Stan premieres new docu-series THE TRADE
Stan has today announced that Showtime’s The Trade, a five-part docu-series exploring the opioid epidemic, will premiere February 3, same day as the U.S. As part of Stan’s exclusive content deal with Showtime, The Trade joins documentaries such as Active Shooter and The Circus to premiere exclusively on Stan.
From Columbus, Ohio to Guerrero, Mexico and countless cities in between, the opioid epidemic has ravaged communities on both sides of the border. But what about the lives behind the headlines and statistics? The timely, provocative new docu-series, which has been selected for this year’s forthcoming Sundance Film Festival, spotlights the crisis through the eyes of those most affected: the growers, addicts, cartel bosses and law enforcement hopelessly caught in its web.
The Trade, directed by Oscar nominated Matthew Heineman, is a searing examination of the U.S. border drug trade. His critically acclaimed 2015 documentary Cartel Land earned an Academy Award nomination for Best Documentary Feature and won three Emmy Awards, Best Documentary from the Director's Guild of America and the Courage Under Fire Award from the International Documentary Association, among others.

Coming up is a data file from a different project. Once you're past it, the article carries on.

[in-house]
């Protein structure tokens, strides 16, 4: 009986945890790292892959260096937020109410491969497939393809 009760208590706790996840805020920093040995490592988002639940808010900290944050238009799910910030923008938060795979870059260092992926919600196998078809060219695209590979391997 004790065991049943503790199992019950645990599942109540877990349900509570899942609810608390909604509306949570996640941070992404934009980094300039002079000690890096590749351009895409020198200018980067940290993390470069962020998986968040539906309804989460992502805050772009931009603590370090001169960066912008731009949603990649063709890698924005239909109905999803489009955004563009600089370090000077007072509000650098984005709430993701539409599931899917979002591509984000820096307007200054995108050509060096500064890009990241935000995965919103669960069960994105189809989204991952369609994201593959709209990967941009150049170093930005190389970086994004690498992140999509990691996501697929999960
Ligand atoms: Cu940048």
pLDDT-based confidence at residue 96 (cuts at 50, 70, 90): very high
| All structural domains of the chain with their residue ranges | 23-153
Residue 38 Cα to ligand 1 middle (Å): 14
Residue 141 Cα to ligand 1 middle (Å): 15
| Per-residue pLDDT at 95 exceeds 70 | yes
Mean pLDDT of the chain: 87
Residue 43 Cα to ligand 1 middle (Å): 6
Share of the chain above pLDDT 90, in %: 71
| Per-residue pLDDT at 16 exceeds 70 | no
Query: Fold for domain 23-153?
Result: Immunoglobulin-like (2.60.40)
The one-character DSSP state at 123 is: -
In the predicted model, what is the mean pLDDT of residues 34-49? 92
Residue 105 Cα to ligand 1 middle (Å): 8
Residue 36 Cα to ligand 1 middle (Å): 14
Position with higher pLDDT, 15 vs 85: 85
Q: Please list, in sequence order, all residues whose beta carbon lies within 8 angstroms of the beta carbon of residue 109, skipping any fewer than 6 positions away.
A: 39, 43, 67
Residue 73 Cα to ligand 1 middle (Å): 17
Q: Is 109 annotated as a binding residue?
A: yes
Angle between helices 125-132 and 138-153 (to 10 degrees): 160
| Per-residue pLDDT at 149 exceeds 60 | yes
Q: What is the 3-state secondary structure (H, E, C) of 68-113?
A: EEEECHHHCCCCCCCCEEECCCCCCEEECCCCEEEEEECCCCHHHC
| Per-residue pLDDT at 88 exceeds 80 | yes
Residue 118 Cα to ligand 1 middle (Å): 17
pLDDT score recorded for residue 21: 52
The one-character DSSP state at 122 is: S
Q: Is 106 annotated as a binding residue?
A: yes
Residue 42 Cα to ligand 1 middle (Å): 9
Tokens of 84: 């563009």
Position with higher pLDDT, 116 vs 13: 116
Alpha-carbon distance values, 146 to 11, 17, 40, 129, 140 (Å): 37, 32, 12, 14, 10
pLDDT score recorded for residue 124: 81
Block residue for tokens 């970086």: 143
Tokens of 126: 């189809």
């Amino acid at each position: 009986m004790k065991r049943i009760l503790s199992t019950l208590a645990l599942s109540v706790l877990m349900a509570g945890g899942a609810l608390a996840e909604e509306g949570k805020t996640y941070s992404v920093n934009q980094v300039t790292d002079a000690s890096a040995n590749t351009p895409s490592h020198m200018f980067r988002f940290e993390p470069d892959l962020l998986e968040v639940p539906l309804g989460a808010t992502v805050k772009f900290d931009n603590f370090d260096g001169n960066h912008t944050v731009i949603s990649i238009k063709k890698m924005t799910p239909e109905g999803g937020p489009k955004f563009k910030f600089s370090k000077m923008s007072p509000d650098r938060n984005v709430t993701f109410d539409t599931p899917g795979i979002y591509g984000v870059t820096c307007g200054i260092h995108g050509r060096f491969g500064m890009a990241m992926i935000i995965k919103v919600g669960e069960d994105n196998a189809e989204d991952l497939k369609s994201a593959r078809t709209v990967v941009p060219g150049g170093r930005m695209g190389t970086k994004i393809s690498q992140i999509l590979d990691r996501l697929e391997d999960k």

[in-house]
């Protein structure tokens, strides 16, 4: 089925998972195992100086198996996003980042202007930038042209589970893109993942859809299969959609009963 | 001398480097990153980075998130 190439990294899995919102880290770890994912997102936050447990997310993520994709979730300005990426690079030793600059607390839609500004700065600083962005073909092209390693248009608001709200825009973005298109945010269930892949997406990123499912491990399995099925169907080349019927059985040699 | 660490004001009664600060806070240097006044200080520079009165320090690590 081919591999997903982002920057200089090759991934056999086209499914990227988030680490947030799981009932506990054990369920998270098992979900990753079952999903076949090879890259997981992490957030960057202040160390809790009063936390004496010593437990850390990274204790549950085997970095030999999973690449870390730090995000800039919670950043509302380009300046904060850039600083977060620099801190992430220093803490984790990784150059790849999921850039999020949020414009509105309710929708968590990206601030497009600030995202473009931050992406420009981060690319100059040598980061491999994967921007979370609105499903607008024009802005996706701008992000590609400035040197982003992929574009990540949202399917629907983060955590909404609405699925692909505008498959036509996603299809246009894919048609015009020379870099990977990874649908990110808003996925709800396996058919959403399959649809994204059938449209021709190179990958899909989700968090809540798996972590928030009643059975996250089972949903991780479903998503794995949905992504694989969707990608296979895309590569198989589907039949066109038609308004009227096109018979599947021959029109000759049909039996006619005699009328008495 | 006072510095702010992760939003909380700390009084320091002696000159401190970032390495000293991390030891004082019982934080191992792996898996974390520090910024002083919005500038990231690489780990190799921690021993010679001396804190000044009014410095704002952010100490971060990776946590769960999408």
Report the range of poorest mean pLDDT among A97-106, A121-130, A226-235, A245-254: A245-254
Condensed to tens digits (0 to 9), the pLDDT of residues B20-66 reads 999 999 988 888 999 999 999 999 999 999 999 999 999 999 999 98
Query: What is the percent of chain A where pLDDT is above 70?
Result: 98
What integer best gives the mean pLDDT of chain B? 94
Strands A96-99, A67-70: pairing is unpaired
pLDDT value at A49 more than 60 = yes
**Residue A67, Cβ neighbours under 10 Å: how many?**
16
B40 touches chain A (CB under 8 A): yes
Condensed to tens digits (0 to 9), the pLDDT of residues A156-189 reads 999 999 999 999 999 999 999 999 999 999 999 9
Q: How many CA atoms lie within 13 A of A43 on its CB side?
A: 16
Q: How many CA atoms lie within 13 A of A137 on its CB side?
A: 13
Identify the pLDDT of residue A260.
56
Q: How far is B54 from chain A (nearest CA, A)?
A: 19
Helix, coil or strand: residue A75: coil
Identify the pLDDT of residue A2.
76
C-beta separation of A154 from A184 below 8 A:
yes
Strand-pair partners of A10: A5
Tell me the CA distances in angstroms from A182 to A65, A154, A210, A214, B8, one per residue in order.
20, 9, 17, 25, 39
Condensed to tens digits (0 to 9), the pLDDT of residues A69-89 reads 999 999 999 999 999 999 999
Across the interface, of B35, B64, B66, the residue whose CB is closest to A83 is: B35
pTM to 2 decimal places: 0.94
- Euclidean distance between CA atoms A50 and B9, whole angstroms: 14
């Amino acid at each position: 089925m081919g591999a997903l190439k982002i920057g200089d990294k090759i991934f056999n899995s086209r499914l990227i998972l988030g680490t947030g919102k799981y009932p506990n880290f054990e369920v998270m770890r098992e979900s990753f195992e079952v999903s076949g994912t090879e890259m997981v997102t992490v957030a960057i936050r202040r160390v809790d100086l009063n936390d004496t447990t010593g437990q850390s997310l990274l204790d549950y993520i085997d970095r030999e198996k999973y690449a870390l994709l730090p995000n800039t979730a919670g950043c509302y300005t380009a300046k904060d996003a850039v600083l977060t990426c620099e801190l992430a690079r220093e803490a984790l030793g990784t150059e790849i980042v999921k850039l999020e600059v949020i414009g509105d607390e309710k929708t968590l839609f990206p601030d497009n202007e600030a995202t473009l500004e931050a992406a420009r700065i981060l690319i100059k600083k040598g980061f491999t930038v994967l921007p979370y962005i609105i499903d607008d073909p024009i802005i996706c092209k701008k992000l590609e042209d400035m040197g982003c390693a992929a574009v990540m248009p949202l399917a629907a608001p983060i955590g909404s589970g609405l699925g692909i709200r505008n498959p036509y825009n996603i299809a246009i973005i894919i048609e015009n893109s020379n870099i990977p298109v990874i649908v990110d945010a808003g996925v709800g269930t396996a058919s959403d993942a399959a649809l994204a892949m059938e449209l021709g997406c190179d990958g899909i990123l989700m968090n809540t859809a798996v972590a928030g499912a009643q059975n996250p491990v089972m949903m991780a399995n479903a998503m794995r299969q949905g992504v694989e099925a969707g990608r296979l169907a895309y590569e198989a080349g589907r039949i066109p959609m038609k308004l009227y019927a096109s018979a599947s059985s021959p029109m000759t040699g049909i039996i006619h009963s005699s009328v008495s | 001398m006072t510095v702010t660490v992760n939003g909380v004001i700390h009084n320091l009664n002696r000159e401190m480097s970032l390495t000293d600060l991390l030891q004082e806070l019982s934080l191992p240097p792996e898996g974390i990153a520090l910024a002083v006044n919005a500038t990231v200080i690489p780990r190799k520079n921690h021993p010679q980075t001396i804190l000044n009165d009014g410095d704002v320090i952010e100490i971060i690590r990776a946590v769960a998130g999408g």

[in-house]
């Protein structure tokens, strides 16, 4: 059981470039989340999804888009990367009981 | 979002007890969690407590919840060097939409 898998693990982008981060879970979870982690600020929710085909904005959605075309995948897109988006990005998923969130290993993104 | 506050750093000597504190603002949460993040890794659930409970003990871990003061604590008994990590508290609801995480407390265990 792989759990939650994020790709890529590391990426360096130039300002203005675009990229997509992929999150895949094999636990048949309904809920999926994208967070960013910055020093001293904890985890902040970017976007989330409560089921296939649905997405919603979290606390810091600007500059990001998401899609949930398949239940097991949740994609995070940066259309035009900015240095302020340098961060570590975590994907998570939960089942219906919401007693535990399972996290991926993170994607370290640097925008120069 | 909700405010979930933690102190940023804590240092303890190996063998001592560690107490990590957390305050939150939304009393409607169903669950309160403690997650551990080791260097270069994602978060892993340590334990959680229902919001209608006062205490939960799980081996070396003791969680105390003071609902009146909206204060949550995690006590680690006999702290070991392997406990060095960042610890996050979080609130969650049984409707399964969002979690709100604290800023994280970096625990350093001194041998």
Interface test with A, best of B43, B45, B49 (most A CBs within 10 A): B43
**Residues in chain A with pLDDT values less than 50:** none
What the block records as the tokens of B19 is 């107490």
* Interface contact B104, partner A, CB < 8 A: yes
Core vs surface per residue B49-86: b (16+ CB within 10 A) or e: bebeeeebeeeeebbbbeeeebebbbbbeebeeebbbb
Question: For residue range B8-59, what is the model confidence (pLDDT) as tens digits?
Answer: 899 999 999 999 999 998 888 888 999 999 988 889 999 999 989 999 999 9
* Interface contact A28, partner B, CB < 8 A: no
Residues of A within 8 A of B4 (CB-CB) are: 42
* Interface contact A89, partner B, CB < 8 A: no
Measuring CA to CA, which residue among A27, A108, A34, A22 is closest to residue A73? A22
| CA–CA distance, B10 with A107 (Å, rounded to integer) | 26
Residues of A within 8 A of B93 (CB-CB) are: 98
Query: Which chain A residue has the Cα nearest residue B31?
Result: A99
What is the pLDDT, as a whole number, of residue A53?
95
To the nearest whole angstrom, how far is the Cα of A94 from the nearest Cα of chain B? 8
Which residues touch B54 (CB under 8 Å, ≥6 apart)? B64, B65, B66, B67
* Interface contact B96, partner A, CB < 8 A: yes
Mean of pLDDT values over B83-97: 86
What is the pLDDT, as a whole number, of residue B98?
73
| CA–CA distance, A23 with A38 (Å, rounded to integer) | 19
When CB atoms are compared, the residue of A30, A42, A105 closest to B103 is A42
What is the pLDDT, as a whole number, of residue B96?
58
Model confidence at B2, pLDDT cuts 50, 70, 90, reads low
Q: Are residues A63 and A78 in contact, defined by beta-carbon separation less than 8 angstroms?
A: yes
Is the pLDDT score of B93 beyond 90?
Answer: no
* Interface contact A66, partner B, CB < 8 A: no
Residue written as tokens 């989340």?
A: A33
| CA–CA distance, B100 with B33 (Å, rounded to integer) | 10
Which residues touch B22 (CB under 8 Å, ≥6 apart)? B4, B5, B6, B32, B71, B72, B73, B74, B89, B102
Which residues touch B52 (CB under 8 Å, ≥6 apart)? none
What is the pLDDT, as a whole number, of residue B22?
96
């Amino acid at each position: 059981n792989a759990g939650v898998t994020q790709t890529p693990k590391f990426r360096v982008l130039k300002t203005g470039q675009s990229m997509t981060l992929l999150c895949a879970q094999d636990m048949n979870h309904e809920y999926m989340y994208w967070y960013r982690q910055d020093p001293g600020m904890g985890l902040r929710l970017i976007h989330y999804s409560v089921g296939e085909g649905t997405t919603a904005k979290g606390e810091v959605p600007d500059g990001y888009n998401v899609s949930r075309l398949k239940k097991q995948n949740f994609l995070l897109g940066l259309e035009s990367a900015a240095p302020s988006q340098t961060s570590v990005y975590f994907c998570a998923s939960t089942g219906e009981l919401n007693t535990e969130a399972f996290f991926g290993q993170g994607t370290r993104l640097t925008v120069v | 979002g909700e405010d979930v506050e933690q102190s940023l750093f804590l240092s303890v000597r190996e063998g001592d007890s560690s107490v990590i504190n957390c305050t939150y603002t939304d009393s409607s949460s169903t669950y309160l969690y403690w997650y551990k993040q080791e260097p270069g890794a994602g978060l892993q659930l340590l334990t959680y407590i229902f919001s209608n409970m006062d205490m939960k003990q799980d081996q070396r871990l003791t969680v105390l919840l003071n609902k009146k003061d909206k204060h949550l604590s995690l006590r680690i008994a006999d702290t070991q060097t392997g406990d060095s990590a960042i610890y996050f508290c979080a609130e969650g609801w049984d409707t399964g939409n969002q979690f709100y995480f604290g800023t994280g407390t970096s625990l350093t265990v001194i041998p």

"It's been a great honour to follow up Cartel Land with The Trade," said Heineman. "My goal with the series is to highlight the human side of the opioid epidemic through hopeful and emotional stories on both sides of the border. Although each character's world is vastly different, they are all caught in the same machine - trapped in a never-ending cycle of dependency that they attempt to escape from."
The character-driven verité-style docu-series crisscrosses North America to explore the opioid epidemic from the intimate perspective of growers, addicts and law enforcement on both sides of the border. The interwoven narrative transcends the headlines to convey with humanity and nuance the scope and gravity of the crisis. The Trade seeks to break through the simplistic and often erroneously counterproductive assumptions surrounding the opioid phenomenon by spotlighting those caught in the crisis: friends and neighbours, sisters and brothers.